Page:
- Schneider.pdf (709k)
OsloMet - Oslo Metropolitan University
Master i psykisk helsearbeid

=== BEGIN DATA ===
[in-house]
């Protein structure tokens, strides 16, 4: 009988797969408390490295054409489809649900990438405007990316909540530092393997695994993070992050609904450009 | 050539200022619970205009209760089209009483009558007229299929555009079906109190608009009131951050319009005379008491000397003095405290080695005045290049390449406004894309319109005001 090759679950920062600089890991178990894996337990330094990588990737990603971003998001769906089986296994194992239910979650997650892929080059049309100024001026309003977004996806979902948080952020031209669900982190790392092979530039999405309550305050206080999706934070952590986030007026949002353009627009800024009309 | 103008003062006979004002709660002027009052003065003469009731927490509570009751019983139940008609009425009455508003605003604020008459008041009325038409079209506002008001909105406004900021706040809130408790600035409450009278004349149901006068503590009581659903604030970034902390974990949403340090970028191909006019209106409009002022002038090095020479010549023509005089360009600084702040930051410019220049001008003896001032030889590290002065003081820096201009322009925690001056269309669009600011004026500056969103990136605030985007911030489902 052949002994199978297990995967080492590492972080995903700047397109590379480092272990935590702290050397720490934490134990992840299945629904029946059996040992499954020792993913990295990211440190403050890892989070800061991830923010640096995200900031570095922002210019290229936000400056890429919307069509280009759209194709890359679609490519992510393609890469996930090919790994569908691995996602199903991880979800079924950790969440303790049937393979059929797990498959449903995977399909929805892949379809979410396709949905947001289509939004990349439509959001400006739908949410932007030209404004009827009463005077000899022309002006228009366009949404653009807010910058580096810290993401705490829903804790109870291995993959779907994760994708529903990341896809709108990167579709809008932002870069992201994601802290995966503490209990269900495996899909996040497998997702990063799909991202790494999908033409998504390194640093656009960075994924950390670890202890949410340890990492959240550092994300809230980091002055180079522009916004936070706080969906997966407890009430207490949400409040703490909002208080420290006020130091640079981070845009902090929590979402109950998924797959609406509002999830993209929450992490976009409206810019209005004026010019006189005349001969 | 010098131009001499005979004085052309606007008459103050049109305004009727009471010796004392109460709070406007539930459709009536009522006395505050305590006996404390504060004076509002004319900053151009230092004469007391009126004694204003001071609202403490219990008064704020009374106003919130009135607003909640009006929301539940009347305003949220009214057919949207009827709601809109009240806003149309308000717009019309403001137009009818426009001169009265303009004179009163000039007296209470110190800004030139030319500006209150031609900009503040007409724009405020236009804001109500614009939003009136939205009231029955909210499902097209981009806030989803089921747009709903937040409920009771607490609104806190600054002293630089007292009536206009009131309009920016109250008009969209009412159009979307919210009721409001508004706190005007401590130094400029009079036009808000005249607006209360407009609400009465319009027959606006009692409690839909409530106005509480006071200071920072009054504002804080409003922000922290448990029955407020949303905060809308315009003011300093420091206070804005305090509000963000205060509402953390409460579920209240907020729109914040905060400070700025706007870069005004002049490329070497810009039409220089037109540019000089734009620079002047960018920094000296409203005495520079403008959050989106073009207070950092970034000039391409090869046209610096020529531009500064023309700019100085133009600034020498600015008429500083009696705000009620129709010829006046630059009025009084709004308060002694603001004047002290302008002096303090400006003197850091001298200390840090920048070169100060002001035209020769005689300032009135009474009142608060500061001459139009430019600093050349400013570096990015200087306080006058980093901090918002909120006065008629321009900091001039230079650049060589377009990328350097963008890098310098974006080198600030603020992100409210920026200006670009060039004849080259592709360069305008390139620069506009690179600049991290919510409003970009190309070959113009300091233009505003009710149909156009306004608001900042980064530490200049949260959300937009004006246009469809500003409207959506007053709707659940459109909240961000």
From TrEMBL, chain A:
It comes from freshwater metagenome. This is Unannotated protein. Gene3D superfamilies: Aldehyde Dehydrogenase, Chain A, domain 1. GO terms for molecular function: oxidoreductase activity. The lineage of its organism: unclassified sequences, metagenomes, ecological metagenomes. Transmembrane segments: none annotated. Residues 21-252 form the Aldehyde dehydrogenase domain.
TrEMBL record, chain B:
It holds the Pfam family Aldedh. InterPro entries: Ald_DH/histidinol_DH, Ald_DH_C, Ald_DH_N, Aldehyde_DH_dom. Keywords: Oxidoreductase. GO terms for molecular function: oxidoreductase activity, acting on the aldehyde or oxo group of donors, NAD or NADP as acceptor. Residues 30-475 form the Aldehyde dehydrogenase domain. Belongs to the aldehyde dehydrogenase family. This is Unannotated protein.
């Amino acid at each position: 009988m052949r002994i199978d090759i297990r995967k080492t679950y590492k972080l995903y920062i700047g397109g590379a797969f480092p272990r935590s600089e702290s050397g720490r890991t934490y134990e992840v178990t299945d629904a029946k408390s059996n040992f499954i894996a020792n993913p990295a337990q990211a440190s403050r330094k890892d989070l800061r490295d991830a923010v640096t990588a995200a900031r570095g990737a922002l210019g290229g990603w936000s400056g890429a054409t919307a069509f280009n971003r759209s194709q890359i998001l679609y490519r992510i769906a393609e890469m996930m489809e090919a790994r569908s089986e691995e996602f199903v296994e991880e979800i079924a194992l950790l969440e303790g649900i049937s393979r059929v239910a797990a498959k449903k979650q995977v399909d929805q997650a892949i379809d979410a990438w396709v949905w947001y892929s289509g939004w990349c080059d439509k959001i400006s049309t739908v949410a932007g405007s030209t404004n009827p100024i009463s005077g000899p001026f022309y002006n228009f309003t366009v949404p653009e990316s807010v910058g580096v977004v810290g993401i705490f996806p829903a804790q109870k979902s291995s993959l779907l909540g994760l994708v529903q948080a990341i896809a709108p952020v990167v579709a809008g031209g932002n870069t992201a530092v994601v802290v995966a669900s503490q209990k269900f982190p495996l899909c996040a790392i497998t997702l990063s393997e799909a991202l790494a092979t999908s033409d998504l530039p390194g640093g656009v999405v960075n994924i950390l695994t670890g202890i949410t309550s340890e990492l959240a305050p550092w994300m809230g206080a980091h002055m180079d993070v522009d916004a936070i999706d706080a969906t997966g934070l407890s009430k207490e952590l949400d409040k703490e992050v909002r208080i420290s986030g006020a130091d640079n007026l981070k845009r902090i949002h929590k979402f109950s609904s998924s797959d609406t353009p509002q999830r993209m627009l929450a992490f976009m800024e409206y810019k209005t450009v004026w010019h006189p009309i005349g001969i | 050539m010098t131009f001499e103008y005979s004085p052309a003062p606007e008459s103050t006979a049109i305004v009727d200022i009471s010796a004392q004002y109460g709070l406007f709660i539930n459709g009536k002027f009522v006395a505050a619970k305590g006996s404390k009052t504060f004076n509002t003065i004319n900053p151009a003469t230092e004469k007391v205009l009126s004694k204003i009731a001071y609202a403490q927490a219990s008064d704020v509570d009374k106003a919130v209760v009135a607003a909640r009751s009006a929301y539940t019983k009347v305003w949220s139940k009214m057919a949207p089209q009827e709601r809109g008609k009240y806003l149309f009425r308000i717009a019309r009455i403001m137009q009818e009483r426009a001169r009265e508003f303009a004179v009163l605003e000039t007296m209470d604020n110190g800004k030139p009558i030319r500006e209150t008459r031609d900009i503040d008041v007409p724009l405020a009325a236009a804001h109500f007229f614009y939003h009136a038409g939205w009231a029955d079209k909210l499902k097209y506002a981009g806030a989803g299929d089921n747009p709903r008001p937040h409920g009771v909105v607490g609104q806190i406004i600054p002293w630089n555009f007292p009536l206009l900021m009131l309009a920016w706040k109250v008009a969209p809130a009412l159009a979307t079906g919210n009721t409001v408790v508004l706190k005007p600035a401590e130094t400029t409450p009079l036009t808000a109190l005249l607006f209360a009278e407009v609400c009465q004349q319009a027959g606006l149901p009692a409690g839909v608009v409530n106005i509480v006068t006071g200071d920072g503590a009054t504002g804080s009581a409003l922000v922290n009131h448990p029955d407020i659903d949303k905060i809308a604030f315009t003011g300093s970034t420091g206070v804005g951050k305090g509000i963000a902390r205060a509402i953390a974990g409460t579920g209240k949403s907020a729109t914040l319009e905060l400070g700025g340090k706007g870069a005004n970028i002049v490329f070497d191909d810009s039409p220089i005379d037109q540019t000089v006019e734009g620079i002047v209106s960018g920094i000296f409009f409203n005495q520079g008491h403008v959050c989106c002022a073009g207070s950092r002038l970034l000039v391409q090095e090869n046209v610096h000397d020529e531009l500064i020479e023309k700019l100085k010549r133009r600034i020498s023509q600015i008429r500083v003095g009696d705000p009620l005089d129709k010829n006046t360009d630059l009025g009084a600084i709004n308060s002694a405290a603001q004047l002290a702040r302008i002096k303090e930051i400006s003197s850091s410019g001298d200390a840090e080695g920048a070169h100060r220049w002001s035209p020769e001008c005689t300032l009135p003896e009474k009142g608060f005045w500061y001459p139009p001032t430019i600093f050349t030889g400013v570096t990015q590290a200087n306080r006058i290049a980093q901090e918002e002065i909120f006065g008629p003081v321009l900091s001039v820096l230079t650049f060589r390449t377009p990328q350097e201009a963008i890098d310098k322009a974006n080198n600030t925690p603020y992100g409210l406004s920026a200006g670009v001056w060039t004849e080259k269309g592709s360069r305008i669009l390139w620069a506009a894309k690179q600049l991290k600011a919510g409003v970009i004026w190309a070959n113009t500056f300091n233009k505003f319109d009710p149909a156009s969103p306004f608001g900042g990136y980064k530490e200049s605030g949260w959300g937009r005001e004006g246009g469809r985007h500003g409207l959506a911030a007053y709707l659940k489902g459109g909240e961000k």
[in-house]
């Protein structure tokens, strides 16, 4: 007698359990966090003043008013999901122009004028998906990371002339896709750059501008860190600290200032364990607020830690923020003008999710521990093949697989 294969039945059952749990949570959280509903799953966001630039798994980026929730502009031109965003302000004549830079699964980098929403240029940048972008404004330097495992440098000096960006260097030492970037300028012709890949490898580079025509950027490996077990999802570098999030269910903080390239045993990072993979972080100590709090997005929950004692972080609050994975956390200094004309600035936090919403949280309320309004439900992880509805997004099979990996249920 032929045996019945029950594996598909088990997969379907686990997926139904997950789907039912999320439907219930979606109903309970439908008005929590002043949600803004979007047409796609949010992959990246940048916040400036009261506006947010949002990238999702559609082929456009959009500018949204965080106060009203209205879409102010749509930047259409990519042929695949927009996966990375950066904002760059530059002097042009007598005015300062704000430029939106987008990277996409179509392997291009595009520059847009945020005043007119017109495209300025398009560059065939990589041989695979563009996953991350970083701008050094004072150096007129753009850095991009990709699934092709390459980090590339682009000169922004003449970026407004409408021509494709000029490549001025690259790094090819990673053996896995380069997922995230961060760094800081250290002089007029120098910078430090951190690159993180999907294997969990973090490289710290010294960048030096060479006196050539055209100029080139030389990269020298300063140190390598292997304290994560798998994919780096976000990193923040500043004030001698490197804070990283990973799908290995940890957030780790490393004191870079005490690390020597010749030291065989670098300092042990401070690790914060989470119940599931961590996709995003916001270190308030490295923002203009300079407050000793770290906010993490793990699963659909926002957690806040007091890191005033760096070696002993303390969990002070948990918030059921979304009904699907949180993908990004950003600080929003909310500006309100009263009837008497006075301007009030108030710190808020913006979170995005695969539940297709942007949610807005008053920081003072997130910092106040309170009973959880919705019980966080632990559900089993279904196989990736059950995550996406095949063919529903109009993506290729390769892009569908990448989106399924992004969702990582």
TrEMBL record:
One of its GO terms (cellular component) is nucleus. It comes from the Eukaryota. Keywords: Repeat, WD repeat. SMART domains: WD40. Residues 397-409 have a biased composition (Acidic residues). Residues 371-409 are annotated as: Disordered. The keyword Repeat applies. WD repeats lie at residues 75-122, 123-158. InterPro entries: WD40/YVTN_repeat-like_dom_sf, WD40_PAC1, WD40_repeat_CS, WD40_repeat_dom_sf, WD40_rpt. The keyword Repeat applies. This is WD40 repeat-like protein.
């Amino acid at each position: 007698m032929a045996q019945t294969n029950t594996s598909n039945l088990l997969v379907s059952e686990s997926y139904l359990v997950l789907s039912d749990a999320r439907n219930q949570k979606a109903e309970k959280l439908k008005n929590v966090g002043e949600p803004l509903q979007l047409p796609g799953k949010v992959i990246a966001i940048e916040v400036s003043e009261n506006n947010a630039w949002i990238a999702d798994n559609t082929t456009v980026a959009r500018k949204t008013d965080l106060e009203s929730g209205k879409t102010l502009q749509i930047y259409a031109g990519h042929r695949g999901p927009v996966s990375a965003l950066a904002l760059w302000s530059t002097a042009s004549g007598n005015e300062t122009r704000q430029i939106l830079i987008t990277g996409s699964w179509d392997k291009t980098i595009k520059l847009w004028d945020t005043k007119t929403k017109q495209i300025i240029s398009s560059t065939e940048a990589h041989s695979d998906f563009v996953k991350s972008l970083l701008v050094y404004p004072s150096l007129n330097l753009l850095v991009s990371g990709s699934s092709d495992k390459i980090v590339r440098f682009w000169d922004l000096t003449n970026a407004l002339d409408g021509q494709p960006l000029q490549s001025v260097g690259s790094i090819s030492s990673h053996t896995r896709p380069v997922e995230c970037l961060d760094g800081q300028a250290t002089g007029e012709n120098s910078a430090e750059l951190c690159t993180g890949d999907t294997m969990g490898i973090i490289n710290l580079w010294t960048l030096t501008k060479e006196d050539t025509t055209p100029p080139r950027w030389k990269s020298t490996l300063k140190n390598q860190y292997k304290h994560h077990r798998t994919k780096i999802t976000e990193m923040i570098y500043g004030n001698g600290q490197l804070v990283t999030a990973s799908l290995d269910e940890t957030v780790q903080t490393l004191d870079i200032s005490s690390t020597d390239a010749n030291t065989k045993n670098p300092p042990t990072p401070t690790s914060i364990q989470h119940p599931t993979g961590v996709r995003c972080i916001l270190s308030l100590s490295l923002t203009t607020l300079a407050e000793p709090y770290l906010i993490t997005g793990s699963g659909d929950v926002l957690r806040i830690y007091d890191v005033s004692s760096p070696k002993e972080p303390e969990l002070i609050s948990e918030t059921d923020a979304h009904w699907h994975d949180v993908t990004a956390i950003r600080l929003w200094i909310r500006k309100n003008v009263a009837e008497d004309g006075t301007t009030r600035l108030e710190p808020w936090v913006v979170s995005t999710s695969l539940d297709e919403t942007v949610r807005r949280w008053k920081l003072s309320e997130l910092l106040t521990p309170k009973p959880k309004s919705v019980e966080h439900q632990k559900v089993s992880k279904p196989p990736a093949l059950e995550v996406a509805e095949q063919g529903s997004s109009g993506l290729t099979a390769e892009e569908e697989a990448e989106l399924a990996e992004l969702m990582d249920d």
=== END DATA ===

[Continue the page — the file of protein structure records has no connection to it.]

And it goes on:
Background: The vulvovaginal pain disorder Provoked vestibulodynia (PVD) affects a significant health problem among women in Norway and the West overall. Although research to date shows that PVD pain is associated with psychological distress and difficulties with partner intimacy, qualitative studies that focus on sexuality remain few. As aetiological knowledges about PVD is still incomplete, it seems pertinent to learn more about women’s experiences and thoughts about sexuality in order to improve evaluation and treatment. Intention: Contribute new insight into how women with PVD experience sexuality. Research question: What do women who live with PVD tell about their relationship to sexuality? Method: Qualitative research interviews with 9 women with PVD. The data was processed using systematic text condensation (STC). Results: Two main categories represent the findings of the study: “Trust” and “Having control”. Conclusion: The current study suggests that for the 9 women in the sample there is a connection between view of pain and sexuality and choice of coping strategies. The combination of dualistic health discourse and heteronormativity seems to challenge women’s trust in themselves and their experience, making it difficult to engage in partner intimacy without feeling compelled to endure painful sex. Although contrasting, the participants’ choice to either move away from or toward partner intimacy both seem to be an effort to have control. Based on the experiences of some participants who have transformed their compulsive pattern of enduring painful sex it is hypothesized that this behaviour may be traumatizing in itself.
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